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Craig reviews SEAT’s crossover – Ateca 1.4 EcoTSI Xcellence

Craig reviews SEAT’s crossover – Ateca 1.4 EcoTSI Xcellence
13th March 2017 Jo Donnelly
SEAT Ateca 1.4 EcoTSI Xcellence

Our Head of Operations, Craig Pullen, reviews his latest test drive – the SEAT Ateca 1.4 EcoTSI Xcellence

 
SEAT’s entry into the crossover sector isn’t entirely surprising, given that the motoring public has collectively decided that hatchbacks aren’t high enough, and estates aren’t large enough.

 
I don’t share the enthusiasm. They’re usually trying to be all things to all people, but the balance between an elevated ride height and the associated perception of safety is often at the expense of handling. That said I always try to be objective, and I recognise that many things exist perfectly well without my approval; Coldplay, baked beans, people that say “at the end of the day” instead of “ultimately”, etc.

 
So, is this a good car for those who are looking for a car that does look like it should be able to go off-road (even though it won’t and never will)?

 
From a styling perspective, it’s what could be described as generic; there’s little of the design flair or swoops and slashes that make the rest of the SEAT range externally more interesting than most of its VAG stablemates, and if there are, in this white version, they’re very well hidden.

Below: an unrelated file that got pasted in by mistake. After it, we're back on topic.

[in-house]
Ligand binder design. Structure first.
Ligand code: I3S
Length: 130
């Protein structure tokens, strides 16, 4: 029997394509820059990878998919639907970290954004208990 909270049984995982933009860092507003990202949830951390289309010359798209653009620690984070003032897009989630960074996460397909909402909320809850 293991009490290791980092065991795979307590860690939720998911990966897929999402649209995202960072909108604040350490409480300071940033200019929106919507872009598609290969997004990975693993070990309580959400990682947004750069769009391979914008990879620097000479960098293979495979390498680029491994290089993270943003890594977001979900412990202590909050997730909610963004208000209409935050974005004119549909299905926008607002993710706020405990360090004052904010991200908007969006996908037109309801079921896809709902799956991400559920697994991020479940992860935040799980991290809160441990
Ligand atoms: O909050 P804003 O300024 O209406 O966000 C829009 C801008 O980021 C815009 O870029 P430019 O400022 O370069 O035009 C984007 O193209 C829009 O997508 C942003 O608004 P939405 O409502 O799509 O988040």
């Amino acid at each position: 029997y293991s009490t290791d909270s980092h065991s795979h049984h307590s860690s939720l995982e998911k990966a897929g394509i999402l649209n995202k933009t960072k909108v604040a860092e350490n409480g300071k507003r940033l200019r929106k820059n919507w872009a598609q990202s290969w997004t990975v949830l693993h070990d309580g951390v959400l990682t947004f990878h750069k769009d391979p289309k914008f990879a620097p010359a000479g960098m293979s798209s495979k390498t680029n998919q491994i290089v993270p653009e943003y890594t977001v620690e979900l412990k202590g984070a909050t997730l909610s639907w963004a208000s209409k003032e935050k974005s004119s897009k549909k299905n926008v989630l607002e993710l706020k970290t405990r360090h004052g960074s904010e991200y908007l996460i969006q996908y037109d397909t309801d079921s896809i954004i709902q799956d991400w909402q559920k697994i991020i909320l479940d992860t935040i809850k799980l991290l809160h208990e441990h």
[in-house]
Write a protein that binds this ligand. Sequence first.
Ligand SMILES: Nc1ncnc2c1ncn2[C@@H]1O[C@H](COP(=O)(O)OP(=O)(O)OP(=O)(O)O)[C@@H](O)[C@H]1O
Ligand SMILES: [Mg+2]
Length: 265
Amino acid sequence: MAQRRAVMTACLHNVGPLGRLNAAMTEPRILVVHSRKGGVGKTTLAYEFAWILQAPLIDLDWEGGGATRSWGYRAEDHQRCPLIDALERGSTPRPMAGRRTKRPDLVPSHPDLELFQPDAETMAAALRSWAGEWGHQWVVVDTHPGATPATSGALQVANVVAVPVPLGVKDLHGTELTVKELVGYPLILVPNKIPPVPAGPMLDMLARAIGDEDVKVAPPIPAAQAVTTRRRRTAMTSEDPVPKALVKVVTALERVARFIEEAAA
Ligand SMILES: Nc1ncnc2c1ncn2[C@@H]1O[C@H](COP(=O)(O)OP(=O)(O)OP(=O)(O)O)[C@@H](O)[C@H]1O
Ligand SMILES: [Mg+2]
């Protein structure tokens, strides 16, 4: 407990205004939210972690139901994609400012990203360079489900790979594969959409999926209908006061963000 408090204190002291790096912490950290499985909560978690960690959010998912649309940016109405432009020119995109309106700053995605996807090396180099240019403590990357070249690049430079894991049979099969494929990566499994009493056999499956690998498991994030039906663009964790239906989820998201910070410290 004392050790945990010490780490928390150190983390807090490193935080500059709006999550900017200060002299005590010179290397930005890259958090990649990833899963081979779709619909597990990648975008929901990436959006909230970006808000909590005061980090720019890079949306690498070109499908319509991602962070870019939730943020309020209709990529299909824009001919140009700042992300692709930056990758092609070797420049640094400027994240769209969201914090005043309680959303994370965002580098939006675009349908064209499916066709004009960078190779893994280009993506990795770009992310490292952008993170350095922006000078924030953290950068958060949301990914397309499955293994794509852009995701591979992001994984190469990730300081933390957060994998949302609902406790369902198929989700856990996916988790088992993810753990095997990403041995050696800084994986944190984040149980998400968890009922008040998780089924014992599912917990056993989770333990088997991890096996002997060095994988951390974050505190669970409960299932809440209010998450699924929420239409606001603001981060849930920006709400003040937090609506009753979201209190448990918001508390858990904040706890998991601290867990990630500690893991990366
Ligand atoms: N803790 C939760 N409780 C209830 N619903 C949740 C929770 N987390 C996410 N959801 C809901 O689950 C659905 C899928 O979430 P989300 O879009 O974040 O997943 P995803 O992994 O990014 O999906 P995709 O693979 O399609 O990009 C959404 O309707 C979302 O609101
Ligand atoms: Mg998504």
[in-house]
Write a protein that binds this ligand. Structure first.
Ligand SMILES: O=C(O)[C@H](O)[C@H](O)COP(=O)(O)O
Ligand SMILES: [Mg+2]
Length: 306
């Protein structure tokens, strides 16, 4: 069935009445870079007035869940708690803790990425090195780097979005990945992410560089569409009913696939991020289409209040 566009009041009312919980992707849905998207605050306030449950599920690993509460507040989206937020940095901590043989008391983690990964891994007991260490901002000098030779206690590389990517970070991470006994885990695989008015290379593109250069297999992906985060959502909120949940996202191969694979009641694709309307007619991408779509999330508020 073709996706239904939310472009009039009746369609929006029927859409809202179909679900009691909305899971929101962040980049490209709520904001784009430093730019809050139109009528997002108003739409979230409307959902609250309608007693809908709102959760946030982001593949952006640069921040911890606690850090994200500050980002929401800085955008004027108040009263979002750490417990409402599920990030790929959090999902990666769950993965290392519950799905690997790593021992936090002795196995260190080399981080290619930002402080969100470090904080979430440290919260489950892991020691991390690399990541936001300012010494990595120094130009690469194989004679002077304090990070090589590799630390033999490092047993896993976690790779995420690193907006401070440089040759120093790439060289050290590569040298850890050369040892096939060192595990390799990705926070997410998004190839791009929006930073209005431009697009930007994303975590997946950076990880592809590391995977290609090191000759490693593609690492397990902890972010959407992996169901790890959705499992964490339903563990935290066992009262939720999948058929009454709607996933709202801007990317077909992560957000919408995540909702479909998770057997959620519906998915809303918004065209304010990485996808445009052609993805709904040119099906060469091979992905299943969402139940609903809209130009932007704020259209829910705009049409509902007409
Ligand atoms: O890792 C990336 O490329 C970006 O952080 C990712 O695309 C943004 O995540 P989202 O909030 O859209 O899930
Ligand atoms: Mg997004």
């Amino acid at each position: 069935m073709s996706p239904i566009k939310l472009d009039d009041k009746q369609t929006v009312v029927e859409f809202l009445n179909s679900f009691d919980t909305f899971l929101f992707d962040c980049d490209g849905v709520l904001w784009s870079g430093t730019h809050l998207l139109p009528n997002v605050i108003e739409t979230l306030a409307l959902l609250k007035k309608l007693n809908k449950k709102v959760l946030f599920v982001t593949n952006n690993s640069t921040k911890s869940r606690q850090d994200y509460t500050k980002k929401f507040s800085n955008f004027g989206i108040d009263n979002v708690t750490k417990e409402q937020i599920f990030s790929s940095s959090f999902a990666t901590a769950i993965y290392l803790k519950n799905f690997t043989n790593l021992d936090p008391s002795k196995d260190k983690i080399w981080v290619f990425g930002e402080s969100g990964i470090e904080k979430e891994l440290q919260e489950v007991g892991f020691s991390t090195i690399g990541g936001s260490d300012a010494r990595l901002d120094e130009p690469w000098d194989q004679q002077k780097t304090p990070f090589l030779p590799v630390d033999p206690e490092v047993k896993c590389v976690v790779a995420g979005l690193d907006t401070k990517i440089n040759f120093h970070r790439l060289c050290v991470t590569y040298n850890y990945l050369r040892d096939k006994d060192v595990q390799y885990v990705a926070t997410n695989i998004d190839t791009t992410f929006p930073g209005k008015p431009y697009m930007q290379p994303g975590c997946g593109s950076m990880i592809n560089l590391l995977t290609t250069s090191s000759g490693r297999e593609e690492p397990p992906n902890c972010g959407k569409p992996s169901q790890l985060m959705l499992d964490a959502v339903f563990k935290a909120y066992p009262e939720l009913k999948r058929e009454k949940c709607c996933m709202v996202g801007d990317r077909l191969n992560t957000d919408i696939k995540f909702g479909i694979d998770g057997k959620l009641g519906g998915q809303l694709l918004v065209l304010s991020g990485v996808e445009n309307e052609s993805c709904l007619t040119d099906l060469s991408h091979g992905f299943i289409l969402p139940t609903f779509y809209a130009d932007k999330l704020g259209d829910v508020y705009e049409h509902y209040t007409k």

Inside, it’s OK. The materials used are decent, with soft feel plastics and vinyl used throughout. It’s nailed together well, and those that have been inside a Leon will find it familiar. This model has the XCELLENCE Pack,(£1225) which provides park assist, 360 degree cameras, wireless phone charging and “Virtual Pedal”, or, as I call it, wavy-foot-boot-open.

 
Interior space is good, with enough room for 4 adults in the cabin, and a suitcase each in the boot. There aren’t many oddment binnacles which does seem to be an oversight, given its family target market.

 
This 1.4 engine is equipped with Active Cylinder Technology, meaning that, when conditions allow, the amount of cylinders used switches from 4 to 2. It’s a seamless transition, with the switch only becoming apparent when a message is presented on the instrument panel. Burning petrol in two cylinders instead of 4 will provide minor fuel consumption benefits, although I got 37.6 mpg on a motorway run; some way short of the 52.3 claimed by SEAT.

 
The chassis is decent too, with very little body roll or wallow. It could even be said to be “fun” to drive. It’s comfortable on the motorway, well insulated from road and tyre noise, and it will keep you safe from harm, with Tiredness Recognition, and for those outside, Pedestrian Protection and City Emergency Braking, in common with most of the VAG range.

 

So, this car is quite good at being a car that looks like it could go off road, if that’s what you want. Also, worthy of consideration is the Mazda CX-3, or, if you’re willing to forfeit some brand cachet and refinement, the more utilitarian, less expensive, but no less capable Dacia Duster.

 

P11d £ £24385
RANGE AND ECONOMY
Fuel Tank Size 50 litres
Range 575 miles
Fuel Consumption (EC Combined) 52.3 mpg
Co2 123

 

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